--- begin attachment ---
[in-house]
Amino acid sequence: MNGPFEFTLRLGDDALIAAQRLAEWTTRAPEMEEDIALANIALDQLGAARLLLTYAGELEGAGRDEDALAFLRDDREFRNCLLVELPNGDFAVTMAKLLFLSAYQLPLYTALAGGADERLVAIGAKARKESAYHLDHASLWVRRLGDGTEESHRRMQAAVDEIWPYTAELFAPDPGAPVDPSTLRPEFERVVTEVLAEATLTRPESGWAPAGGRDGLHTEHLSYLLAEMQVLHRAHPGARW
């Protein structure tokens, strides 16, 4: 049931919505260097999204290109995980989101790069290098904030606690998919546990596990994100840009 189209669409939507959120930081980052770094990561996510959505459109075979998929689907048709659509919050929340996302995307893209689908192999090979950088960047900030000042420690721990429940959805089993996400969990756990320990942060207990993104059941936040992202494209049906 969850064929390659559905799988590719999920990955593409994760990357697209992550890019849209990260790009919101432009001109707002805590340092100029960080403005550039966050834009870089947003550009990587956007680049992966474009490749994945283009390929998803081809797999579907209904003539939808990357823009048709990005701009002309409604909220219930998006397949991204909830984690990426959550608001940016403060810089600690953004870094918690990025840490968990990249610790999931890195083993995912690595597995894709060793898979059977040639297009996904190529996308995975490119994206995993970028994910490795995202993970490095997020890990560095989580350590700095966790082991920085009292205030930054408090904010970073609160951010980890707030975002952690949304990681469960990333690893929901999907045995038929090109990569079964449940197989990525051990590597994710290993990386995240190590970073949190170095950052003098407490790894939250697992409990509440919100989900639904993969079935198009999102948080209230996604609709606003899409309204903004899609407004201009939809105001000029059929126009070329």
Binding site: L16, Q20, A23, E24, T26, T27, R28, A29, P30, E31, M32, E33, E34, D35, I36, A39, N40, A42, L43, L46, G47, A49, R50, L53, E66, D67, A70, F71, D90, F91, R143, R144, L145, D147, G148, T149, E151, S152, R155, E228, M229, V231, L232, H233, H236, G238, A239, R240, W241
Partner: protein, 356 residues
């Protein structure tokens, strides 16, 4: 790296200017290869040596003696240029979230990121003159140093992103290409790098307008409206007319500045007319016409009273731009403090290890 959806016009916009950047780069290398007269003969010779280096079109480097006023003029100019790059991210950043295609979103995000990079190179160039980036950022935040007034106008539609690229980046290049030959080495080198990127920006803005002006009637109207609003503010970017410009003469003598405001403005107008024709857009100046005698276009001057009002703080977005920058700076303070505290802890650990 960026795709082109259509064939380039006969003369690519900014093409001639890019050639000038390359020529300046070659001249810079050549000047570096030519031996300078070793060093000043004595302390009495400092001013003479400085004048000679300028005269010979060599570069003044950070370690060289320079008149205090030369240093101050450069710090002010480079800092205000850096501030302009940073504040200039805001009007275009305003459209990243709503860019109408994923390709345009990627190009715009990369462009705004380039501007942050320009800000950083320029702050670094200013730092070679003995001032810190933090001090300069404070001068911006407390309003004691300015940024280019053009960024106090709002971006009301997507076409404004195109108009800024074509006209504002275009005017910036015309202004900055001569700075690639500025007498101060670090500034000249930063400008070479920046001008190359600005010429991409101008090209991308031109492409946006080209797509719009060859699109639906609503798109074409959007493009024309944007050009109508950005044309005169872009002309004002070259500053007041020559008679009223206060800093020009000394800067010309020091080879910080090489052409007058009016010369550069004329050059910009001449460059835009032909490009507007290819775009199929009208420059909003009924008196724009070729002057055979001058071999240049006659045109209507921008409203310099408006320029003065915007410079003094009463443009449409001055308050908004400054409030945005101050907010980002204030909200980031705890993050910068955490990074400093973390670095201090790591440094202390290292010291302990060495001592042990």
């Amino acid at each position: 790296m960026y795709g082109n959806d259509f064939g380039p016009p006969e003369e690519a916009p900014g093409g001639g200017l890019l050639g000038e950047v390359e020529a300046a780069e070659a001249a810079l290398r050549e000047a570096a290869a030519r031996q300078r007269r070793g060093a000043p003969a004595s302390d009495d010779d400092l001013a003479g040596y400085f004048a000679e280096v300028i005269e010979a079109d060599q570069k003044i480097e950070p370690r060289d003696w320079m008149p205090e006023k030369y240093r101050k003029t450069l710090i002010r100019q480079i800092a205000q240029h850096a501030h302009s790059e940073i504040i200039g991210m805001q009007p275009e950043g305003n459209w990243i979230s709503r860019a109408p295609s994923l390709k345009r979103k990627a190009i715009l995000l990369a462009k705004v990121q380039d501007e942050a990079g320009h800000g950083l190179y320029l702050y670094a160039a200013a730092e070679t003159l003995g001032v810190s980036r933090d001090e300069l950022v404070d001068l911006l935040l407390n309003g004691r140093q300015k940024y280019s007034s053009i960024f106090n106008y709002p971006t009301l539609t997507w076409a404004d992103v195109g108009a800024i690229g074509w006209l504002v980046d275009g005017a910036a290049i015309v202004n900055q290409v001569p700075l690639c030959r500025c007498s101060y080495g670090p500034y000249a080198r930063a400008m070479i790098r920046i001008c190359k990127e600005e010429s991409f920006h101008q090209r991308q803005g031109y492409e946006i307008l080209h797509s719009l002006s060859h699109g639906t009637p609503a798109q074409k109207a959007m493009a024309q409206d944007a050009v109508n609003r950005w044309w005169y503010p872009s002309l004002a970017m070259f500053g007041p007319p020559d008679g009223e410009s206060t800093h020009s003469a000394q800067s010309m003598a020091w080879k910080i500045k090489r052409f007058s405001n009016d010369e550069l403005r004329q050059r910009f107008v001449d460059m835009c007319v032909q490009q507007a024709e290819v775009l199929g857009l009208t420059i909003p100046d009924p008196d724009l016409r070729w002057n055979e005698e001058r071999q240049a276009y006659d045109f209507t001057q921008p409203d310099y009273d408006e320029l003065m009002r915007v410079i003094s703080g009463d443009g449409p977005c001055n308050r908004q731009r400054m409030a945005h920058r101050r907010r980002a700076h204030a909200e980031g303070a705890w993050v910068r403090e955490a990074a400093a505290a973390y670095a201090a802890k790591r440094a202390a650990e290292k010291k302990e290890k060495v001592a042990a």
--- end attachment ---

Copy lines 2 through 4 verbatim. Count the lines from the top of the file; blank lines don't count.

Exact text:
Amino acid sequence: MNGPFEFTLRLGDDALIAAQRLAEWTTRAPEMEEDIALANIALDQLGAARLLLTYAGELEGAGRDEDALAFLRDDREFRNCLLVELPNGDFAVTMAKLLFLSAYQLPLYTALAGGADERLVAIGAKARKESAYHLDHASLWVRRLGDGTEESHRRMQAAVDEIWPYTAELFAPDPGAPVDPSTLRPEFERVVTEVLAEATLTRPESGWAPAGGRDGLHTEHLSYLLAEMQVLHRAHPGARW
């Protein structure tokens, strides 16, 4: 049931919505260097999204290109995980989101790069290098904030606690998919546990596990994100840009 189209669409939507959120930081980052770094990561996510959505459109075979998929689907048709659509919050929340996302995307893209689908192999090979950088960047900030000042420690721990429940959805089993996400969990756990320990942060207990993104059941936040992202494209049906 969850064929390659559905799988590719999920990955593409994760990357697209992550890019849209990260790009919101432009001109707002805590340092100029960080403005550039966050834009870089947003550009990587956007680049992966474009490749994945283009390929998803081809797999579907209904003539939808990357823009048709990005701009002309409604909220219930998006397949991204909830984690990426959550608001940016403060810089600690953004870094918690990025840490968990990249610790999931890195083993995912690595597995894709060793898979059977040639297009996904190529996308995975490119994206995993970028994910490795995202993970490095997020890990560095989580350590700095966790082991920085009292205030930054408090904010970073609160951010980890707030975002952690949304990681469960990333690893929901999907045995038929090109990569079964449940197989990525051990590597994710290993990386995240190590970073949190170095950052003098407490790894939250697992409990509440919100989900639904993969079935198009999102948080209230996604609709606003899409309204903004899609407004201009939809105001000029059929126009070329």
Binding site: L16, Q20, A23, E24, T26, T27, R28, A29, P30, E31, M32, E33, E34, D35, I36, A39, N40, A42, L43, L46, G47, A49, R50, L53, E66, D67, A70, F71, D90, F91, R143, R144, L145, D147, G148, T149, E151, S152, R155, E228, M229, V231, L232, H233, H236, G238, A239, R240, W241